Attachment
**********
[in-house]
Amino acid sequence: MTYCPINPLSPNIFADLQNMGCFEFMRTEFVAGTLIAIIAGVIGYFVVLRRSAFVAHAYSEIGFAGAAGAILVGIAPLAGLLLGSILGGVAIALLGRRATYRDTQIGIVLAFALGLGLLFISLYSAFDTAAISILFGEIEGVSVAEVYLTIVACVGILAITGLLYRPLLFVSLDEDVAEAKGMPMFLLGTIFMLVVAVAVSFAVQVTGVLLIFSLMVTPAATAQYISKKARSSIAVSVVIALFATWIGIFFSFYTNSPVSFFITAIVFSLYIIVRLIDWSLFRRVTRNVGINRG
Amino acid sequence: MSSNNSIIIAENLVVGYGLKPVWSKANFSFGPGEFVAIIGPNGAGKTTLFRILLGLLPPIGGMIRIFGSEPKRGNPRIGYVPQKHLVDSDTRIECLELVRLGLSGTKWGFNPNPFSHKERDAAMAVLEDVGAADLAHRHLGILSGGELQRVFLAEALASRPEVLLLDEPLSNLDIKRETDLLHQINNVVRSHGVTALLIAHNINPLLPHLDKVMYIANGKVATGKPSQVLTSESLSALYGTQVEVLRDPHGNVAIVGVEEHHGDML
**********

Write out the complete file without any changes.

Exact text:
[in-house]
Amino acid sequence: MTYCPINPLSPNIFADLQNMGCFEFMRTEFVAGTLIAIIAGVIGYFVVLRRSAFVAHAYSEIGFAGAAGAILVGIAPLAGLLLGSILGGVAIALLGRRATYRDTQIGIVLAFALGLGLLFISLYSAFDTAAISILFGEIEGVSVAEVYLTIVACVGILAITGLLYRPLLFVSLDEDVAEAKGMPMFLLGTIFMLVVAVAVSFAVQVTGVLLIFSLMVTPAATAQYISKKARSSIAVSVVIALFATWIGIFFSFYTNSPVSFFITAIVFSLYIIVRLIDWSLFRRVTRNVGINRG
Amino acid sequence: MSSNNSIIIAENLVVGYGLKPVWSKANFSFGPGEFVAIIGPNGAGKTTLFRILLGLLPPIGGMIRIFGSEPKRGNPRIGYVPQKHLVDSDTRIECLELVRLGLSGTKWGFNPNPFSHKERDAAMAVLEDVGAADLAHRHLGILSGGELQRVFLAEALASRPEVLLLDEPLSNLDIKRETDLLHQINNVVRSHGVTALLIAHNINPLLPHLDKVMYIANGKVATGKPSQVLTSESLSALYGTQVEVLRDPHGNVAIVGVEEHHGDML